For several years now, an Apache sacred site in Arizona called Chi’ chil Bildagoteel, otherwise known as Oak Flat, has been in the sites of a multinational mining corporation, Rio Tinto. A federal decision was supposed to have dropped in December 2021, but now in the waning days of the Trump administration, it is suddenly being fastracked.
Apache-Stronghold leader Wendsler Nosie Sr. says, “We were in the fourth quarter with two minutes left in the game. And then Trump cheated so now we only have one minute left. Everybody has to fight this.”
You can see a replay here of the powerful webinar for the December 21st Day of Prayer and Action for Oak Flat to learn how to help protect this sacred site for those not yet born. Speakers from the Poor Peoples Campaign are joined by impassioned youth from the San Carlos Apache commmunity, as well as Indigenous activists from Mongolia who are also fighting Rio Tinto. This company is responsible for the destruction of a 46,000-year-old Aboriginal site in Australia, and it should not be allowed anywhere near Oak Flat and adjacent Apache Leap—the Apache Nation’s Masada, where 75 Apaches defenders rode their horses off the mountain, rather than be captured by the U.S. cavalry.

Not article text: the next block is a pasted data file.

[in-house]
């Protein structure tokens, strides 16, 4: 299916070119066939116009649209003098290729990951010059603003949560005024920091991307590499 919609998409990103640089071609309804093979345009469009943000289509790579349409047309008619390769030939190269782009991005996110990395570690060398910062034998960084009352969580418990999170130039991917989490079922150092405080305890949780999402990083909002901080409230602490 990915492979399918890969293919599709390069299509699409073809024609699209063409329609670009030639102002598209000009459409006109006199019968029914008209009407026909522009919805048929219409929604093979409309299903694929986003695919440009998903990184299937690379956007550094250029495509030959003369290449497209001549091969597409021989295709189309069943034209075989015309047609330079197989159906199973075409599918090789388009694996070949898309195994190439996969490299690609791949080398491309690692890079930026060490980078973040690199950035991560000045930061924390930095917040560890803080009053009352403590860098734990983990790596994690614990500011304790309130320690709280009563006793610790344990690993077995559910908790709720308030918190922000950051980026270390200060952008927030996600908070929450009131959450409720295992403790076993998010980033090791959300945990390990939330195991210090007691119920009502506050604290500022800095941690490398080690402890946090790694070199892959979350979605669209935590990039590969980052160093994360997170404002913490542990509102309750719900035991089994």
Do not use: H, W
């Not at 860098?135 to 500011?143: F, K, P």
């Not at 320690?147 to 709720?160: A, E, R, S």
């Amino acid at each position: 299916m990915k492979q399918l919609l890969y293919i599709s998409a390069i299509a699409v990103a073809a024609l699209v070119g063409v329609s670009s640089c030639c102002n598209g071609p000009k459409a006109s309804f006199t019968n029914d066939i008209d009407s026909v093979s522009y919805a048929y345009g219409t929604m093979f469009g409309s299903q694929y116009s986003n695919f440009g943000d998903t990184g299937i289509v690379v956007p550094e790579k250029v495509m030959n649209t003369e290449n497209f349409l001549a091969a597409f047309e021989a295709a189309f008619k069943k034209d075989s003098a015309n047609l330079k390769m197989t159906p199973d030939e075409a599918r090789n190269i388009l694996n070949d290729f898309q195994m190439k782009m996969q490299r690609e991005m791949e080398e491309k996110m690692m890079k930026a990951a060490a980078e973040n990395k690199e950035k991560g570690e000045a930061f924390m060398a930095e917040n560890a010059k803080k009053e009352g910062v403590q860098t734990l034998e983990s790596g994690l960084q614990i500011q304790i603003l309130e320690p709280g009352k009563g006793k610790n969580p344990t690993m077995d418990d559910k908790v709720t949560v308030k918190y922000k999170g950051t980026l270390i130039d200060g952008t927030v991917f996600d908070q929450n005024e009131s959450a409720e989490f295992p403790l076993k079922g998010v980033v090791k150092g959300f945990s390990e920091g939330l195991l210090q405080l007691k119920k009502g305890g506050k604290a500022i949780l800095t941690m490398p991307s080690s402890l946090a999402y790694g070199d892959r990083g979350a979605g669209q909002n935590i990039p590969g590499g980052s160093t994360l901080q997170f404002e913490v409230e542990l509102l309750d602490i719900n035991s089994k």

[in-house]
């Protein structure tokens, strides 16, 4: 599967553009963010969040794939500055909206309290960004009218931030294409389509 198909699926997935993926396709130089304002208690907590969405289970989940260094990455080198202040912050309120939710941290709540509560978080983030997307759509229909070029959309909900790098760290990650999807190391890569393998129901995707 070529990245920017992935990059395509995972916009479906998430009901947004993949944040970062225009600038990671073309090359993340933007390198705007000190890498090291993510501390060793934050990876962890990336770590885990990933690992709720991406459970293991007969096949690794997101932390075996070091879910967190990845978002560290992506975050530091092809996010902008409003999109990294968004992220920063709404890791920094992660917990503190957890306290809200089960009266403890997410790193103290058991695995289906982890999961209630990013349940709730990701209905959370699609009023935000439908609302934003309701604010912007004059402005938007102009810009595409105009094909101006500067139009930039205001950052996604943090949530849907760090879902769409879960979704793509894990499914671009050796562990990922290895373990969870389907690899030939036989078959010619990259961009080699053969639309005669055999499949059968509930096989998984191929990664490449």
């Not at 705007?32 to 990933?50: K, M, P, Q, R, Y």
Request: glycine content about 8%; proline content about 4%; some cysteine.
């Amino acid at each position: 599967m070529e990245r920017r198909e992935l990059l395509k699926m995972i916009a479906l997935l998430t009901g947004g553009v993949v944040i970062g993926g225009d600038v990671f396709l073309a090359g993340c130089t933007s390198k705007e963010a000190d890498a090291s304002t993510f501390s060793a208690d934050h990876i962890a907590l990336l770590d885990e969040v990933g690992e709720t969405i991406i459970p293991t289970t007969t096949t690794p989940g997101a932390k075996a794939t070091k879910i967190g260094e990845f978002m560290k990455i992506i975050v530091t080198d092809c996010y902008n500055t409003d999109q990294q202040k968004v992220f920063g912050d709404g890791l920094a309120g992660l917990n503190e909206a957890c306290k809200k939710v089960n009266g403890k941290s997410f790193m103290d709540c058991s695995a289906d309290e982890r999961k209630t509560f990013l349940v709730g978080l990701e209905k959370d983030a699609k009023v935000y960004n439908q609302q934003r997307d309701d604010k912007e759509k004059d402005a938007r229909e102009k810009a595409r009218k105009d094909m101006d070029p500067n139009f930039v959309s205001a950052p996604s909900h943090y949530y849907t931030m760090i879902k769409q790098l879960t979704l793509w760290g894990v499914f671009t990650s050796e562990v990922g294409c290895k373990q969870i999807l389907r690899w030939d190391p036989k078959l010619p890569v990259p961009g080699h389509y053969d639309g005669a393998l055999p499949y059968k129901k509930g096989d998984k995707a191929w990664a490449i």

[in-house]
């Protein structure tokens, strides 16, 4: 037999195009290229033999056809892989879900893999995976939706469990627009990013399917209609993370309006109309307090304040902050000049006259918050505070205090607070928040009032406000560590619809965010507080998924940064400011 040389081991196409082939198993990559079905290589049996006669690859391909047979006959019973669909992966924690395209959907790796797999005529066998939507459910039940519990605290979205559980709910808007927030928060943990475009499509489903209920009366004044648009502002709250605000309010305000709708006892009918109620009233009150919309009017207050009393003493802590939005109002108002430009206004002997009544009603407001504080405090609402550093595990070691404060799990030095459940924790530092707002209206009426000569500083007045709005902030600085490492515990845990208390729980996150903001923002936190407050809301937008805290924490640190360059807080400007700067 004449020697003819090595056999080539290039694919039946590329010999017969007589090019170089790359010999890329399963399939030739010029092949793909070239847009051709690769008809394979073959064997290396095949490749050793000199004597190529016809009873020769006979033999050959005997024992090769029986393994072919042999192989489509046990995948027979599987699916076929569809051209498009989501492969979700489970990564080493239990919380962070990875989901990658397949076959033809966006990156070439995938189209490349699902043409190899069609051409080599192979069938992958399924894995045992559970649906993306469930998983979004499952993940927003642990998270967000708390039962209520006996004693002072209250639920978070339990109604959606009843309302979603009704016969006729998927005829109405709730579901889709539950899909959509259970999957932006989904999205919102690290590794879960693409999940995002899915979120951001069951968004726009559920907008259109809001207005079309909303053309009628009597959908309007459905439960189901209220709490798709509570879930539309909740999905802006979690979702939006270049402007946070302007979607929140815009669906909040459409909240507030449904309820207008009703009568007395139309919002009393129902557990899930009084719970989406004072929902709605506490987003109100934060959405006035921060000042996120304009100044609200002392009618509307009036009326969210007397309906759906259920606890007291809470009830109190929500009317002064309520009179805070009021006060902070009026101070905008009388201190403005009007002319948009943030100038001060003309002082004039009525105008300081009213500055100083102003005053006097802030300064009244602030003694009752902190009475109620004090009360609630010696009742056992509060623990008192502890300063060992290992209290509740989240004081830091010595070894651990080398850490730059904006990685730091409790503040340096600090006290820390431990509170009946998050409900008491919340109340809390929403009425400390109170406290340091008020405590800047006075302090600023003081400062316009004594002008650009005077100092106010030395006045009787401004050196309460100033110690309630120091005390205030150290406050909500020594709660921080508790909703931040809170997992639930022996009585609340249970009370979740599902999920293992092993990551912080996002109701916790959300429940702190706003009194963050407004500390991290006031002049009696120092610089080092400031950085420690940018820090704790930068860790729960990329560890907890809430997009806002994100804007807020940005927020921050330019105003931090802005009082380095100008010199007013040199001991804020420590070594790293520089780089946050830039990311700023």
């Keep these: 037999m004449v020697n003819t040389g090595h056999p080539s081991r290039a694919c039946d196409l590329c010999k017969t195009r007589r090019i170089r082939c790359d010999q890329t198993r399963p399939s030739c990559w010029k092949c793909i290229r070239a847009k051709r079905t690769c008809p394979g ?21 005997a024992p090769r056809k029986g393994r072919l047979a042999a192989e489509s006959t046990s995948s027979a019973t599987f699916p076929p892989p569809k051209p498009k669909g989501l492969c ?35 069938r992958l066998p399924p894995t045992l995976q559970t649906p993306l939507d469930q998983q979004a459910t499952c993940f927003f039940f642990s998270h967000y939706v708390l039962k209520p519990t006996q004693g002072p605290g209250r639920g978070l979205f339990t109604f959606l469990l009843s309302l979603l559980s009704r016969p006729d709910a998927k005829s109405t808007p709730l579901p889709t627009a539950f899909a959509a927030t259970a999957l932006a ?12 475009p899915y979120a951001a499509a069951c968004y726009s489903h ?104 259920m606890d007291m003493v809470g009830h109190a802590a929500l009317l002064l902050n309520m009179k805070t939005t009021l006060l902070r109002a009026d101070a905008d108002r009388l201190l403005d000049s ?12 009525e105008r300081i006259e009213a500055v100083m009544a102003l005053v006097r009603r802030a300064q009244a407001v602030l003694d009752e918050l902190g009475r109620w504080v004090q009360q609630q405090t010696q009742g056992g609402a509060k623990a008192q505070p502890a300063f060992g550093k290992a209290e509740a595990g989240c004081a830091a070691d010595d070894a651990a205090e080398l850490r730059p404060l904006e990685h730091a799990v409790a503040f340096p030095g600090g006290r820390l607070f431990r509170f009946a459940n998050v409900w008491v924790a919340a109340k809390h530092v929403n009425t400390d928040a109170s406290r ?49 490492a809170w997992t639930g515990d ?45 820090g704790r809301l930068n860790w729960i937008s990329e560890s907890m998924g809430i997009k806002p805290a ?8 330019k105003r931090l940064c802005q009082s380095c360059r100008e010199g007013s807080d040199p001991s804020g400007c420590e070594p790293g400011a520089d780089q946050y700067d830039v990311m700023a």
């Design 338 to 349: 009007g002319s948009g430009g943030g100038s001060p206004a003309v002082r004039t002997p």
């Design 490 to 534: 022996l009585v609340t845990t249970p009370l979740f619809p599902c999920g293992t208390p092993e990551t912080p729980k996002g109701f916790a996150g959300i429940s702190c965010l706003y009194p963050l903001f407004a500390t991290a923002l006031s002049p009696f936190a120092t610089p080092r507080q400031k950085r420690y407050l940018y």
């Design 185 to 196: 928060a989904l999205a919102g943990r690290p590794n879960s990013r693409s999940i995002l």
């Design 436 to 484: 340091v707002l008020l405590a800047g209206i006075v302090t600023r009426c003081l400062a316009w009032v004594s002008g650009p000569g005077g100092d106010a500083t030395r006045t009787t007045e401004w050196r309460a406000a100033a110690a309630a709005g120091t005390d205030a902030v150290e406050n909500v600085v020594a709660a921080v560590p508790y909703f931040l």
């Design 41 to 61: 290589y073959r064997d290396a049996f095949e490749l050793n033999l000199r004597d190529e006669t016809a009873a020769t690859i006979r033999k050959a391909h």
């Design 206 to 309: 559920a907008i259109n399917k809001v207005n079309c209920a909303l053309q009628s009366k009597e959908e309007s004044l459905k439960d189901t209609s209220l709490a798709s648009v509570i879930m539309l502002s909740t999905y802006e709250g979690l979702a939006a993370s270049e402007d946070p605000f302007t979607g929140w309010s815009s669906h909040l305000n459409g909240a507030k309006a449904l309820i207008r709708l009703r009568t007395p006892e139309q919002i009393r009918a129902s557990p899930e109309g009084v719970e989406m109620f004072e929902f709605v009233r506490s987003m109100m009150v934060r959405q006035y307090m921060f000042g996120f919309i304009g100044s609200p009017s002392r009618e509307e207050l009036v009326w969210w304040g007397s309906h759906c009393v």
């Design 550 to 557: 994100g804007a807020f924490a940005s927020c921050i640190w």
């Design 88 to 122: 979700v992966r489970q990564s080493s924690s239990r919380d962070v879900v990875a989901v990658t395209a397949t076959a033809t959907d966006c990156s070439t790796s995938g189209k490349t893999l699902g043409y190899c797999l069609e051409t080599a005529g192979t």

The Apache have held religious and cultural ceremonies on Oak Flat for centuries and right up through the present. This is where medicinal plants and traditional foods are regularly gathered, a place of community gathering and cultural preservation. There are burial grounds here and petroglyphs. But six years ago, Senators John McCain and Jeff Flake added a rider to the National Defense Authorization Act enabling the give-away of this formerly protected Apache land to a foreign mining company.
According to the Forest Service’s own environmental impact report, the proposed mine has a “high potential . . . to directly, adversely, and permanently affect . . . places and experiences of high spiritual and other value to tribal members.” But Rio Tinto is bent on extracting its treasure of subterranean copper at whatever cost to the Apache. The mine will replace Chi’ chil Bildagoteel with a crater two miles wide and 1,000 feet deep. Says Michael Brune, Executive Director of the Sierra Club, this will create a sacrifice zone in place of a sacred site, eliminating “the habitat of species that call Oak Flat home, and likely contaminating precious water supplies in drought-prone Arizona. Then there’s the issue of the toxic waste the mine would generate—all 1.4 billion tons of it.”
Watch the Facebook livestream replay of December 21st Day of Prayer and Action for Oak Flat.
To take action: http://apache-stronghold.com/take-action.html